WASHINGTON — Defense Department officials are negotiating to buy and destroy all 10,000 copies of the first printing of an Afghan war memoir they say contains intelligence secrets, according to two people familiar with the dispute.
The publication of “Operation Dark Heart,” by Anthony A. Shaffer, a former Defense Intelligence Agency officer and a lieutenant colonel in the Army Reserve, has divided military security reviewers and highlighted the uncertainty about what information poses a genuine threat to security.
Disputes between the government and former intelligence officials over whether their books reveal too much have become commonplace. But veterans of the publishing industry and intelligence agencies could not recall another case in which an agency sought to dispose of a book that had already been printed.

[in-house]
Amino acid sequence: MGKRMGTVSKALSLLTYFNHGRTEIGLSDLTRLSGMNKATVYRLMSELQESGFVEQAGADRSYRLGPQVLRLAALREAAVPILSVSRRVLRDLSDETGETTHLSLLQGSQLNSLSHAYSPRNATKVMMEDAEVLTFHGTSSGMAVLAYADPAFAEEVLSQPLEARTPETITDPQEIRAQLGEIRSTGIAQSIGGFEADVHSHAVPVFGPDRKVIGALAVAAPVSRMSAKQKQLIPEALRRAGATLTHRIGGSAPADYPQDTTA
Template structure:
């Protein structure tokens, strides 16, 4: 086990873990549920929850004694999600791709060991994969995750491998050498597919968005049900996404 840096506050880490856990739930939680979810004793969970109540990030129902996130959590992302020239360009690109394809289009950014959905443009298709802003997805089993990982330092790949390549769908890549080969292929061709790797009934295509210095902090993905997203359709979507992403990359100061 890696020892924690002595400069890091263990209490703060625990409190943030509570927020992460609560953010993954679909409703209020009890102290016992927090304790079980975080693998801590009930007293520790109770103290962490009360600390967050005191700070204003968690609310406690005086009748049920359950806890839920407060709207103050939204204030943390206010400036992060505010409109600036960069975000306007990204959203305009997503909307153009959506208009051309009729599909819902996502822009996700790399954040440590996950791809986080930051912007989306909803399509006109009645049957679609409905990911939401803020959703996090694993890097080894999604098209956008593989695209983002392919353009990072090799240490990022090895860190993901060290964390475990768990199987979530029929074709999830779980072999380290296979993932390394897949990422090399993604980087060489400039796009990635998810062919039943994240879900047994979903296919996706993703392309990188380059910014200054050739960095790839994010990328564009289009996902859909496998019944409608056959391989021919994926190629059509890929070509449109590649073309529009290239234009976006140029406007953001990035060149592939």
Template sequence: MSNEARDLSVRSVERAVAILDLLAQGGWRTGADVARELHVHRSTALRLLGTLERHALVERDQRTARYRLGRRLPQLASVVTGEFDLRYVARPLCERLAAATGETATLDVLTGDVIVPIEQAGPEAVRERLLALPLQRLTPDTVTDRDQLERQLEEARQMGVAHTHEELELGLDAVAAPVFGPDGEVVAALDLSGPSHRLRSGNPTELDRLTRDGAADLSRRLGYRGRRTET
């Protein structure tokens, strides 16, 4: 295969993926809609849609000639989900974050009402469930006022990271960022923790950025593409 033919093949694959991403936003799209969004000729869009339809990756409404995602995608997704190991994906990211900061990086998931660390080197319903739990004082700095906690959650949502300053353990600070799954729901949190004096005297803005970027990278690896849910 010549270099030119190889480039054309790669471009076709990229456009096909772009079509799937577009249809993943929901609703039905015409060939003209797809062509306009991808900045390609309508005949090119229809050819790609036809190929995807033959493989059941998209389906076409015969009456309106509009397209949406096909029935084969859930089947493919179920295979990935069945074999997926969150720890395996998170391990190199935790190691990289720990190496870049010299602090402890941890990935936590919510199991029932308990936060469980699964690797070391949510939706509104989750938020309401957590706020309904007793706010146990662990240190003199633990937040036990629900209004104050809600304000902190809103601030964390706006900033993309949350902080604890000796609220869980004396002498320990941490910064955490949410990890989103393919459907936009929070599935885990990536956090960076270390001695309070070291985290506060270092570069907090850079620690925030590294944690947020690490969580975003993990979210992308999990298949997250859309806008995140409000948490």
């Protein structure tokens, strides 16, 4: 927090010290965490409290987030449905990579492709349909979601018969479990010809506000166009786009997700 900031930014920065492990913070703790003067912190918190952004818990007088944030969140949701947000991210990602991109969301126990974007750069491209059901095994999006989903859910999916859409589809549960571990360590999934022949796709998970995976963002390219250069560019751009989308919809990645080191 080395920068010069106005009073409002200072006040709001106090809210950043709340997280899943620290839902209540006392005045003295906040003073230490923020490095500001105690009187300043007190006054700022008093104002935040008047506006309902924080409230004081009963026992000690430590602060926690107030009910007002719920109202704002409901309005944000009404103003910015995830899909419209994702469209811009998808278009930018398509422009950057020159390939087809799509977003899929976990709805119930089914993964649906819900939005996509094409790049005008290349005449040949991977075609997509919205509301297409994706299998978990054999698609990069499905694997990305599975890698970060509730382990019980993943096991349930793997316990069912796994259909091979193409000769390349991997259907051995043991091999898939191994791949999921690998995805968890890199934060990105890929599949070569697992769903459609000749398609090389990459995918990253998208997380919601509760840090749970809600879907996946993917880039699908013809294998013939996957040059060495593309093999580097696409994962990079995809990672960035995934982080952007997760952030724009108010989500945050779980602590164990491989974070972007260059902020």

Army reviewers suggested various changes and redactions and signed off on the edited book in January, saying they had “no objection on legal or operational security grounds,” and the publisher, St. Martin’s Press, planned for an Aug. 31 release.
But when the Defense Intelligence Agency saw the manuscript in July and showed it to other spy agencies, reviewers identified more than 200 passages suspected of containing classified information, setting off a scramble by Pentagon officials to stop the book’s distribution.
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